Star javelin thrower Neeraj Chopra was satisfied with his season’s best performance at the Federation Cup Athletics Championships on Tuesday and his new coach Uwe Hohn feels that he can even do better with some tweaking in his technique.
“I wanted a big throw in a competition before the CWG and so I completed all my attempts. It is still below my personal best. I am hoping I can cross it and let us see,” Neeraj said after winning gold in his event at the NIS Patiala.
The 20-year-old Neeraj, the favourite and the star attraction of the championships, sent the iron spear to a distance of 85.94m in his final attempt to send the seizable crowd at the NIS Patiala to raptures.
His performance on Tuesday was his best after his 86.48m throw — the current world junior record — which he came up in Poland in 2016 while winning gold in the Junior World Championships. This was also the best ever throw recorded on Indian soil.
His performance is the best of the season among javelin throwers of the Commonwealth countries and he is a bright prospect for a medal in the April 4-5 Gold Coast Games. Before today, Hamish Peacock of Australia was leading the chart of Commonwealth javelin throwers with 83.63m.
Asked his three month stint in Offenburg, Germany under reputed coach Werner Daniels was beneficial, he said, “Yes, it has worked.”
But the legendary Hohn, who joined the national camp here as javelin coach, said that Neeraj needs a few changes in his
technique and if that is done he can be among the best in the world in a few years.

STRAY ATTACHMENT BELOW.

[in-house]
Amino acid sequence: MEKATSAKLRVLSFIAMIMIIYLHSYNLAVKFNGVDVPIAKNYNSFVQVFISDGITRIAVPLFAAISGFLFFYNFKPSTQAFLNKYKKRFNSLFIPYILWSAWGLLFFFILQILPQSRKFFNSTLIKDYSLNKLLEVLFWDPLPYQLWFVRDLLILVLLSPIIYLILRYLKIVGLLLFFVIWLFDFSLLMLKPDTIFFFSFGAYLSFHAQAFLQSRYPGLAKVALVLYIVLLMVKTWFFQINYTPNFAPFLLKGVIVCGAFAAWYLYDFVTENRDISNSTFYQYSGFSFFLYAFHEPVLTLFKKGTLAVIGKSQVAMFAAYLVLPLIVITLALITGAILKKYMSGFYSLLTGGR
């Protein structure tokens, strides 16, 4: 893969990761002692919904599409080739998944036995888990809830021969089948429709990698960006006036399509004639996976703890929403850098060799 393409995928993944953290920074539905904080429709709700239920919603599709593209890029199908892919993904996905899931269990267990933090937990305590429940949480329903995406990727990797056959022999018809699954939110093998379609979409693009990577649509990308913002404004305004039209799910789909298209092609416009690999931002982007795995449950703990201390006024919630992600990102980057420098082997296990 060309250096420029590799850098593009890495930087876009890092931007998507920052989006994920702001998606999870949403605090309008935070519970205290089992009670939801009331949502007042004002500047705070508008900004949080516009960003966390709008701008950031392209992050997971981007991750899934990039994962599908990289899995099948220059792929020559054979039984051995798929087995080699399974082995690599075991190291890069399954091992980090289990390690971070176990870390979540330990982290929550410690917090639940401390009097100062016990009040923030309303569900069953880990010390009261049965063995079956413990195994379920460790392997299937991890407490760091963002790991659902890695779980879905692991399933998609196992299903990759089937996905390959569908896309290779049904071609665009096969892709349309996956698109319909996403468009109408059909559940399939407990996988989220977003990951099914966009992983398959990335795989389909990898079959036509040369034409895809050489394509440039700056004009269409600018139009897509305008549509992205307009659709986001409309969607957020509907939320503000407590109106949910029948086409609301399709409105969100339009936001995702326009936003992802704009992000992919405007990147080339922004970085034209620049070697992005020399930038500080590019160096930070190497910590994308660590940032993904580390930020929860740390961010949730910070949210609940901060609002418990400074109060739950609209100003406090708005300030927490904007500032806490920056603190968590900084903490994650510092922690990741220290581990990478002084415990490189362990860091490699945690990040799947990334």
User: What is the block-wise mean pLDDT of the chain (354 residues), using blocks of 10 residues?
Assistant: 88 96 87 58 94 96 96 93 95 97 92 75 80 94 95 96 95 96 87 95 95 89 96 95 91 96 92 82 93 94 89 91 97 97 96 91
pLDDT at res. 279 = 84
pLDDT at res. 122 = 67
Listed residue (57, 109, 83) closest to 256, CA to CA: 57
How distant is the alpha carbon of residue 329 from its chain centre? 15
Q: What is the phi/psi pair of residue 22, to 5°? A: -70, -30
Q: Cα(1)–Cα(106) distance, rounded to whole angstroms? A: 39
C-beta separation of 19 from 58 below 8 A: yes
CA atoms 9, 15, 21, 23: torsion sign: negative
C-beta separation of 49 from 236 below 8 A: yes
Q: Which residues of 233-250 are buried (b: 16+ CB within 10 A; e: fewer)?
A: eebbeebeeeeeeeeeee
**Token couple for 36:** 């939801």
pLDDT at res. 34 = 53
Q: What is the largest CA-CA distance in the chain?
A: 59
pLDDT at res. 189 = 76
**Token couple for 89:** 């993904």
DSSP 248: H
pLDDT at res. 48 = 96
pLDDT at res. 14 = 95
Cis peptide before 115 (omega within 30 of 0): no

“In terms of the result it was good and it was the moment of the year, but not so good in technique. He was a bit struggling in the first five throws but it was a good throw in the last round. He released the javelin too ealry and it was not in the right direction. Under this weather conditions, the height of the javelin was not ideal.”
“He attacked a little early and not into the javelin. Only his 80 or 85 per cent power was going onto the javelin. I think he can be better in the coming years as he is young. He is following Daniel’s training plans. We adjusted a little bit, not much before the CWG. After the CWG we will see, we will try try to change a little bit in his technique, like relaesing the javelin in right position and having a longer pull.”
He said Neeraj’s technique was all right in 2016 but lost crucial time last year.
“I think 2016 was good for him but he was lost in 2017, did not have core strengths and technique was not good as he had issues with coach (availability). But a few changes in his technique he should among the top in the world in the coming years.”